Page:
Can your CMS do 150-point headlines?

Take a look at Poynter’s nationwide collection of print edition front pages from Sunday, Feb. 2, the day after the space shuttle disaster. Some of the bold banner headlines read: “Columbia is lost,” “It’s Gone,” and “What Happened?

All of these headlines are big — almost universally over 100 points and probably almost 300 points at several papers. There’s a good reason for this giant type, and it is not just increased single-copy sales the next morning. It is about using design to give readers context. The headlines’ words are about the shuttle tragedy. But what their big bold blackness really says is, “Pay attention. This is one of the biggest stories of the year.” I believe readers are not only acquainted with this system, but expect it: If there’s no enormous banner headline on the front page, then it was a fairly normal day in the world yesterday and I can move on to the sports section and my bowl of cereal.

Did online newspapers take advantage of this well-established design principle on Feb. 1, using banner headlines to communicate the story’s importance? Generally, no. In Poynter’s gallery of online front pages from that day, there are a few news sites that played the story appropriately for its magnitude:,,, and, among a few others. But many sites treated the story like, and even — switching the shuttle story into the top position on their front page but leaving their site with a standard design. Nothing about those sites’ look that day — not a very large headline, nor a very large photo, nor a very large set of related articles — conveyed the importance of the story the way newspapers’ print editions did the next morning.

Of course, screen sizes force headlines on the Web to be far smaller than the largest headlines in print. And some Web sites — perhaps ones with a local focus — genuinely chose not to use a banner headline. I support a conscious design decision like that, even if I probably wouldn’t have done it that way.

But I suspect that at more than a few news sites, online producers did deem the Columbia story worth special treatment until their content management systems stopped them. Too many content management systems dictate an inflexible design on news sites’ front pages. Photos can only be certain shapes and sizes and placed in certain positions. Teasers to related articles can only go in certain places. Packages for special projects or big news stories can only be created in certain ways. Headlines can only be one of two formats, and they certainly cannot be a 36-point banner headline. Such are the constraints of our content management system at work, which is why we built most of the front page manually on Feb. 1 and three days thereafter.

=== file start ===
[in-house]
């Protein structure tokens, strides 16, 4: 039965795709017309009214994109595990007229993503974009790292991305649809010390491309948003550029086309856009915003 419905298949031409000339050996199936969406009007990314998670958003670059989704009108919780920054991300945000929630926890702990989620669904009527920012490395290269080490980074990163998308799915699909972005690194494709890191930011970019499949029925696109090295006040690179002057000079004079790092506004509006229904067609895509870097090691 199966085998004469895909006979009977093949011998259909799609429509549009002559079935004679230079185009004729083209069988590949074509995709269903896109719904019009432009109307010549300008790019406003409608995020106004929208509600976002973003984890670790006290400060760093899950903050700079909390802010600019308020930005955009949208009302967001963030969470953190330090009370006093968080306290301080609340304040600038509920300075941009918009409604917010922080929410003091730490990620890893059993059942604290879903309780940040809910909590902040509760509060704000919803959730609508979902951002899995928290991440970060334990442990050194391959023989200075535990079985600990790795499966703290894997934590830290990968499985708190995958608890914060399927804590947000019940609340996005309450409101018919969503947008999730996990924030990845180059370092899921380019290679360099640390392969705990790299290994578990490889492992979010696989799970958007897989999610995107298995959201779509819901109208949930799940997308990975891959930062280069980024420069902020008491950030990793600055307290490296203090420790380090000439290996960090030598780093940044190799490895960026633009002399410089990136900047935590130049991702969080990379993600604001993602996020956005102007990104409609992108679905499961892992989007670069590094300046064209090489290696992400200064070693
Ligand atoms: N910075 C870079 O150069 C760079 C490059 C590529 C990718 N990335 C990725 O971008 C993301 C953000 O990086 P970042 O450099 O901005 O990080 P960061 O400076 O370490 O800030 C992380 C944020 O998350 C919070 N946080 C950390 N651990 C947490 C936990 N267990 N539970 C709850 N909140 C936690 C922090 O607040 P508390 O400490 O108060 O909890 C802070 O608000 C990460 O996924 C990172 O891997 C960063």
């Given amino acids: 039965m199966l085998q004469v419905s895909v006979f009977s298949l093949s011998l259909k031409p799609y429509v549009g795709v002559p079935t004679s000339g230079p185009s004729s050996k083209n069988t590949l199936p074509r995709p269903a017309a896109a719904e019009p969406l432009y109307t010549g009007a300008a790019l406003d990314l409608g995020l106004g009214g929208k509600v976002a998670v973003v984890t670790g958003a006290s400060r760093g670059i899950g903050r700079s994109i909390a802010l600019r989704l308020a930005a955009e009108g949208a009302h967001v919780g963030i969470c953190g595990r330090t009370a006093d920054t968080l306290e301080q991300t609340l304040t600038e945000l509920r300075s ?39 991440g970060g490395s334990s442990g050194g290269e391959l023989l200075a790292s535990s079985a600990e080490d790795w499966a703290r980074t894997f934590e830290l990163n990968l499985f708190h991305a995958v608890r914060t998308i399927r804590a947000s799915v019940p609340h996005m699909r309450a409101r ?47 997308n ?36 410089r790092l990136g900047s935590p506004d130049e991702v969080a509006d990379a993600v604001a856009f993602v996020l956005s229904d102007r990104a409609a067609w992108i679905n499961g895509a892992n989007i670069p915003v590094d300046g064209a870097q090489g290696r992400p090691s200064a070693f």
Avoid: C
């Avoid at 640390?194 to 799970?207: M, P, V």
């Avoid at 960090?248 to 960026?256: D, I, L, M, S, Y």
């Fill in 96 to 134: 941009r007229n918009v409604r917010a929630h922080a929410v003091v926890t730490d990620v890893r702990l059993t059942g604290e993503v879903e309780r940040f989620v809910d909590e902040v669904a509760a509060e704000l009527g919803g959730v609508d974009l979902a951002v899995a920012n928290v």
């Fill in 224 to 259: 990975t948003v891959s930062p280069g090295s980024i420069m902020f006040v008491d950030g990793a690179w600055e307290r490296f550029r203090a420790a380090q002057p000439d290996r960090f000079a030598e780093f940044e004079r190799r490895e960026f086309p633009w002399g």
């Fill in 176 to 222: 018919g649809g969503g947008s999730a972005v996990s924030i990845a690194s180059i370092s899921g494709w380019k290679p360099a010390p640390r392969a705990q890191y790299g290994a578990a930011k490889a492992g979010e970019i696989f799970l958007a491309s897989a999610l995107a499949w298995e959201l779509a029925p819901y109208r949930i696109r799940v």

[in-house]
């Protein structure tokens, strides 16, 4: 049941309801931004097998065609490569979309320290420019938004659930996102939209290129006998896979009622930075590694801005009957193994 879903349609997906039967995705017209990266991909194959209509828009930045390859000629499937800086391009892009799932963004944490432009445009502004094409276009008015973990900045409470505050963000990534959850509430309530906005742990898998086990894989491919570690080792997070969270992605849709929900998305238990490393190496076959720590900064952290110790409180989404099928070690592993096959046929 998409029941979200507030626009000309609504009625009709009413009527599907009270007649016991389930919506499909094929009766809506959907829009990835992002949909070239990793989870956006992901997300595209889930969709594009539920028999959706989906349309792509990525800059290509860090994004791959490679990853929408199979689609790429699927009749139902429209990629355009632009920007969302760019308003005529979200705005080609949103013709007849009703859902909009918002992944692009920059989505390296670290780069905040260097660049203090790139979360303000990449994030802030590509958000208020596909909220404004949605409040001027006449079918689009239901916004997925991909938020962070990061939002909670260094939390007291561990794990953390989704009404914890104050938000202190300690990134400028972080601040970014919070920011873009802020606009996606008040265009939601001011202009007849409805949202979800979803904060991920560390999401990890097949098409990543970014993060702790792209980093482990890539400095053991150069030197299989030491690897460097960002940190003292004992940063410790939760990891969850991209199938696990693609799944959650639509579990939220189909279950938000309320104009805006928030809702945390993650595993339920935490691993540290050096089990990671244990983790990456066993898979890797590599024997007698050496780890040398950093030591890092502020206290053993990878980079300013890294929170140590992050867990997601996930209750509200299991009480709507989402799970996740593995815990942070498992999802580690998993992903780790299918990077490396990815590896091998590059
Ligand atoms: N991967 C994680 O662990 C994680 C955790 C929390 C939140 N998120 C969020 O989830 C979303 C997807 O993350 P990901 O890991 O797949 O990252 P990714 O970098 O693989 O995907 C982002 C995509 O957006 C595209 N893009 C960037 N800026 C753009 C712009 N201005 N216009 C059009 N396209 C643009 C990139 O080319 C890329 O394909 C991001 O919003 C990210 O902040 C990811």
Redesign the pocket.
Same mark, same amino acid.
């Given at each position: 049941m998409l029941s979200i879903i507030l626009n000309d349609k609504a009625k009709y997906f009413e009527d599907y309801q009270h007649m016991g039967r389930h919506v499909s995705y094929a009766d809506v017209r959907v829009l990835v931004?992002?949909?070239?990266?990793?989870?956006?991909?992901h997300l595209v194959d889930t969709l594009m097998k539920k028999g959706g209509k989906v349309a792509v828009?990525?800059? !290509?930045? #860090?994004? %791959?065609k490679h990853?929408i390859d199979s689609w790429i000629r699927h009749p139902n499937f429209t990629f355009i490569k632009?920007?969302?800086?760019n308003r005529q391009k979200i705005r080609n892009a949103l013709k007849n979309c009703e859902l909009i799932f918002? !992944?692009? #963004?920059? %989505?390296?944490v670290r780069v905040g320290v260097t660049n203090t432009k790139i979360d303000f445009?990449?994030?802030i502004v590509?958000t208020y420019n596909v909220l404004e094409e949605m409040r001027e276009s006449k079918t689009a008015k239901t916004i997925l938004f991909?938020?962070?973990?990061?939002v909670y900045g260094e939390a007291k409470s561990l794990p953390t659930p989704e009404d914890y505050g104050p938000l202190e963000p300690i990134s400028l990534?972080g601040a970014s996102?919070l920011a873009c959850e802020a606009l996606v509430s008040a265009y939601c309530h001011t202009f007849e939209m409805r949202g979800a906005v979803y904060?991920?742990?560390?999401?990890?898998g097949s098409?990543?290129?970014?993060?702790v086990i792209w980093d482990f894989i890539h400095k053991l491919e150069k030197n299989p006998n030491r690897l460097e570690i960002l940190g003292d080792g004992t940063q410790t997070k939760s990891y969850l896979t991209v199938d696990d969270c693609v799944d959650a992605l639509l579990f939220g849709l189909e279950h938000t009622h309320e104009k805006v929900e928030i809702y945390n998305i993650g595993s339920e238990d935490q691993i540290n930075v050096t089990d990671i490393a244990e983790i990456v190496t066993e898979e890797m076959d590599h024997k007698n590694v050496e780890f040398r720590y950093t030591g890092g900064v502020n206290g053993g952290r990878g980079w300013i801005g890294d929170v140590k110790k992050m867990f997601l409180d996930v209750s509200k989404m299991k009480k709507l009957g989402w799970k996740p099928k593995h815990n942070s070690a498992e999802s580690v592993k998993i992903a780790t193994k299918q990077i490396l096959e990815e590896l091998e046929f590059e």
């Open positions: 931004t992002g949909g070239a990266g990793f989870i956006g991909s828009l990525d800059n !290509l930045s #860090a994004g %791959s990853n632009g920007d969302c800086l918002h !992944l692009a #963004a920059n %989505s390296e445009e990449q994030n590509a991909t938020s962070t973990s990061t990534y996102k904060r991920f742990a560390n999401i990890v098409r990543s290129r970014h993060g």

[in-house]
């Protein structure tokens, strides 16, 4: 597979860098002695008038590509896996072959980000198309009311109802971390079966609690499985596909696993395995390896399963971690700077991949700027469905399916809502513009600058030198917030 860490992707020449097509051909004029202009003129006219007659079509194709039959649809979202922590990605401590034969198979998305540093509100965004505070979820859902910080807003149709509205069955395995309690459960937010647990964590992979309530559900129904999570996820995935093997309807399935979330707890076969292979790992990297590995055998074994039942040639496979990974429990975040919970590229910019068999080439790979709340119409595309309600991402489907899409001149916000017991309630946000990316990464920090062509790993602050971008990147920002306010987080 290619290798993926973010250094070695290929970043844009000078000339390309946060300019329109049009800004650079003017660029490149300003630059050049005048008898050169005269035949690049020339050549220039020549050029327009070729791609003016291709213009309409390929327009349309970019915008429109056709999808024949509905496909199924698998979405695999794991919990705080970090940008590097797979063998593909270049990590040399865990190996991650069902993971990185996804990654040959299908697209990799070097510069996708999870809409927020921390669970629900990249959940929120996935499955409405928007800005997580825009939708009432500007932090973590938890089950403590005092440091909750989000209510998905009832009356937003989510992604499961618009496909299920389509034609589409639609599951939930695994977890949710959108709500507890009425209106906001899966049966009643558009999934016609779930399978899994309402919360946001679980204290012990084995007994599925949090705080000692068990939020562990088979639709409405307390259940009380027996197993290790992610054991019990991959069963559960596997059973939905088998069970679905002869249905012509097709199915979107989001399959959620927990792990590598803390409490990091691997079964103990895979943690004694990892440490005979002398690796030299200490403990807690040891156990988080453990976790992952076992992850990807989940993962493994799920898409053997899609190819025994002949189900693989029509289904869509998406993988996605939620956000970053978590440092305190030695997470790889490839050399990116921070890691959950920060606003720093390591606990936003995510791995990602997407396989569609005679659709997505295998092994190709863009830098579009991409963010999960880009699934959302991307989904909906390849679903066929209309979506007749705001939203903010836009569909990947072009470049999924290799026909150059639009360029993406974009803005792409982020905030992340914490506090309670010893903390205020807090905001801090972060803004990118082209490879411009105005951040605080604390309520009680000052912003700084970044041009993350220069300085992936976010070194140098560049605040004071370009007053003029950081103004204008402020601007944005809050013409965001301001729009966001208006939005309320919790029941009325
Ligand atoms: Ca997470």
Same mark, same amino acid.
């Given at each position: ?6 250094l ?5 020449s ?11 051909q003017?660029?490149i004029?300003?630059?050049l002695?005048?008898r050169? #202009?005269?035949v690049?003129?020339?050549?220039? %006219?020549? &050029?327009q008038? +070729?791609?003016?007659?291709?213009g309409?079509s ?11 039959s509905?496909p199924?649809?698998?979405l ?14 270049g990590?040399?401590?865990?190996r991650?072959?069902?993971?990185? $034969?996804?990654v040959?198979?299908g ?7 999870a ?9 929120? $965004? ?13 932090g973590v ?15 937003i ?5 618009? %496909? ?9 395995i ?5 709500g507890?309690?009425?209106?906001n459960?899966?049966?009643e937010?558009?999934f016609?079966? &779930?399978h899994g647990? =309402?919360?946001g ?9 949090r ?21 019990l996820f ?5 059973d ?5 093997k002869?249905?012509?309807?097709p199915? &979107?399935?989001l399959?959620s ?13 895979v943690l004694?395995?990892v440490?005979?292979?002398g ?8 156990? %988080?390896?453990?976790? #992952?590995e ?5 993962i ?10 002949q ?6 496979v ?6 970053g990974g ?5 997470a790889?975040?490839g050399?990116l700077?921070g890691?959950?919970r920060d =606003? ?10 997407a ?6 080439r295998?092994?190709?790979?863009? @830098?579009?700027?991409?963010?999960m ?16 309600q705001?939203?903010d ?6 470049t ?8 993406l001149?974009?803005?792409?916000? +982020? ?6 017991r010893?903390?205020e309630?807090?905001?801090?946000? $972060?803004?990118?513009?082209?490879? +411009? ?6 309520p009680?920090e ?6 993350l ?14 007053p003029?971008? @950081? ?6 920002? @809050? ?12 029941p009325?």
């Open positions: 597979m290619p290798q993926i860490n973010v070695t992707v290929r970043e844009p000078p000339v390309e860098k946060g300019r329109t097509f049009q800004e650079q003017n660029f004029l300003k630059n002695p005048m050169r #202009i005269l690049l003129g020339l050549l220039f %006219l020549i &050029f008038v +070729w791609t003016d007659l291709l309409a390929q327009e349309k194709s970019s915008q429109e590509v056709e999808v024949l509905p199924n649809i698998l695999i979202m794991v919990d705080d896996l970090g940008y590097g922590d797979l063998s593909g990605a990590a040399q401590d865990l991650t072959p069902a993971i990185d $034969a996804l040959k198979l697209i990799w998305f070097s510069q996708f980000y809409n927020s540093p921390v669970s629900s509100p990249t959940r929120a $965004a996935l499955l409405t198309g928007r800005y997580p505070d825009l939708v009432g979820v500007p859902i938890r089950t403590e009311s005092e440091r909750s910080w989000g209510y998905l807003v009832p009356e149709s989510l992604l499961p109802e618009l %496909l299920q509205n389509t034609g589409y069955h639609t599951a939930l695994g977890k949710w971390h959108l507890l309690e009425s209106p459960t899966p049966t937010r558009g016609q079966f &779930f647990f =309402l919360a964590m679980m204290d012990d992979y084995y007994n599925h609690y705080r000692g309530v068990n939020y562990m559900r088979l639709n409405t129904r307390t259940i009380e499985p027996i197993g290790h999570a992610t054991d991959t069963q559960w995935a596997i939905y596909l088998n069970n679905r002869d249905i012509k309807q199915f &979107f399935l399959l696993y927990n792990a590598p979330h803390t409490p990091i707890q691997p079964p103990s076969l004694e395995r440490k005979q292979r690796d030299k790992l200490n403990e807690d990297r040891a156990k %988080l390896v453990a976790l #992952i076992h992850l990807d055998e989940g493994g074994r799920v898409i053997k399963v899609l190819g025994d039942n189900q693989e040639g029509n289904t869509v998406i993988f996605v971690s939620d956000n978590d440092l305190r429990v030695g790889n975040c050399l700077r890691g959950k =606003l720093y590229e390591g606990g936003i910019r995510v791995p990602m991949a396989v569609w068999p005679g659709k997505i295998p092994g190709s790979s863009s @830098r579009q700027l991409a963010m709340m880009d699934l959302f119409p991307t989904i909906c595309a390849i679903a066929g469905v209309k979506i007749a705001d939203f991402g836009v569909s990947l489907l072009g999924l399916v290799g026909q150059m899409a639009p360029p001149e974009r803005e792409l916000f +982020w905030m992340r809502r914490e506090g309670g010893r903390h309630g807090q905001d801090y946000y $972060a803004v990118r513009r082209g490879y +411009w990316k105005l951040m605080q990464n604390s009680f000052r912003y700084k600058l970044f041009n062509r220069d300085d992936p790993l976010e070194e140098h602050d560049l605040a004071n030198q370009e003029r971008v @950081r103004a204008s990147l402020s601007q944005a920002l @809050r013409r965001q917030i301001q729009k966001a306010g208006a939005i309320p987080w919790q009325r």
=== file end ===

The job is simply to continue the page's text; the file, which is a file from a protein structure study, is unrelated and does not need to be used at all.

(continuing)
However, many other sites run with content management systems did not or could not shift into manually-coded mode that Saturday. I believe the rigidity of those systems prevented some news sites from telling the disaster story appropriately. A Web front page should be an empty canvas to paint on, not a pile of predefined pigeonholes waiting to be colored by number. That unimaginative coloring by number shouldn’t be acceptable any day of the year. Certainly not on the day seven spacefarers died pushing the limits of human possibility.

Comment by kpaul, posted February 13, 2003, 5:52 pm

I hear ya and definitely agree with you. Alas, though, I don't think the big companies 'get it' yet - other than the revenue numbers...

Comment by Martin, posted February 18, 2003, 8:32 am

Print papers, are largely manually laid out - particularly front pages. This happens whether or not there's a '150pt headline' day or not. So there's no additional effort involved in making that change.

Unfortunately, web editions are not manually laid out, and newspapers cannot afford to do so - even if you reduced them down to a small number of editions a day (rather than the continuous publishing flow demanded by users). The cost of the people required to do that reliably without screwing up is not sustainable, especially as people don't pay for online editions.

You're right - companies only get the revenue numbers. That's why they exist. They're legally mandated to maximise investor returns.

Comment by Dave Enna, posted February 18, 2003, 1:03 pm

It's very important to realize that the newspaper is a printed medium with 100+ years of display history that has evolved very slowly. So readers understand what headline size means. Also, of course, headline size is important for selling newspapers from racks, but I agree that is not the newspaper's major reason for the very large headlines. Large headlines in newspapers are studiously tracked ... "we did 125 point on that story, so this story deserves 150 point", and so on.

Online, I am not convinced that LARGE headlines are needed or really meaningful. Online front pages - no matter the site - present a summary of the inside content. The presentation is offerings, not the full story. Very large headlines can actually get in the way of presenting information (pushing good content too far down on the page, for example).

But your point is true about the need for a 'clean slate' that allows news Websites to abandon the usual in the case of the very unusual, such as a major story like the shuttle crash.

One point about Websites and database tools is that the existing tools are probably best for very fast udpates. In other words, if you want to get a story up fast -- important on the Web -- you should use the existing publishing system. Get the story up now and worry later how it looks (within reason). I would prefer fast, accurate reporting over impressive display in the first several hours of a big story.

After the first few hours, display becomes more important, and the same-size-fits-all display hampers many news Websites.

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This page last modified on Thursday, December 13, 2012 at 6:47 pm